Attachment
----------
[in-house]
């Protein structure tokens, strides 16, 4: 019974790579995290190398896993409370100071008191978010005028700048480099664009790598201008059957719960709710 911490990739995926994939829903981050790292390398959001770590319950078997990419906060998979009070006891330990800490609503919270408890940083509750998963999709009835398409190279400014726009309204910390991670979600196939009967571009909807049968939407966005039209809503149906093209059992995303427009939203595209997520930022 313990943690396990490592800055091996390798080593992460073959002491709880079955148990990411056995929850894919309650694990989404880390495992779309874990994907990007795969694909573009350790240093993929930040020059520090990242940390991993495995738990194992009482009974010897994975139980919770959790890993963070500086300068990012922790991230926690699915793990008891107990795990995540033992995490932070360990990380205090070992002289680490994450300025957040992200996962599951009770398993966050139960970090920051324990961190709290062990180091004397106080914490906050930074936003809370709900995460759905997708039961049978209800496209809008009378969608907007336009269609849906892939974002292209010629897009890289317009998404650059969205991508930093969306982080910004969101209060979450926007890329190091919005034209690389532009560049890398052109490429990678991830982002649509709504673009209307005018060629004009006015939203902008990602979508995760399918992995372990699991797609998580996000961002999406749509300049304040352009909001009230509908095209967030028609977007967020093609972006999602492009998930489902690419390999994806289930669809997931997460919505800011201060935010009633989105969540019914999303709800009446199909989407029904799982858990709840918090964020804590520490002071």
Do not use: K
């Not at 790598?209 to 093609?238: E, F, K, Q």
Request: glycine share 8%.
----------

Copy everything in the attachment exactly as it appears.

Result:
[in-house]
């Protein structure tokens, strides 16, 4: 019974790579995290190398896993409370100071008191978010005028700048480099664009790598201008059957719960709710 911490990739995926994939829903981050790292390398959001770590319950078997990419906060998979009070006891330990800490609503919270408890940083509750998963999709009835398409190279400014726009309204910390991670979600196939009967571009909807049968939407966005039209809503149906093209059992995303427009939203595209997520930022 313990943690396990490592800055091996390798080593992460073959002491709880079955148990990411056995929850894919309650694990989404880390495992779309874990994907990007795969694909573009350790240093993929930040020059520090990242940390991993495995738990194992009482009974010897994975139980919770959790890993963070500086300068990012922790991230926690699915793990008891107990795990995540033992995490932070360990990380205090070992002289680490994450300025957040992200996962599951009770398993966050139960970090920051324990961190709290062990180091004397106080914490906050930074936003809370709900995460759905997708039961049978209800496209809008009378969608907007336009269609849906892939974002292209010629897009890289317009998404650059969205991508930093969306982080910004969101209060979450926007890329190091919005034209690389532009560049890398052109490429990678991830982002649509709504673009209307005018060629004009006015939203902008990602979508995760399918992995372990699991797609998580996000961002999406749509300049304040352009909001009230509908095209967030028609977007967020093609972006999602492009998930489902690419390999994806289930669809997931997460919505800011201060935010009633989105969540019914999303709800009446199909989407029904799982858990709840918090964020804590520490002071």
Do not use: K
């Not at 790598?209 to 093609?238: E, F, K, Q």
Request: glycine share 8%.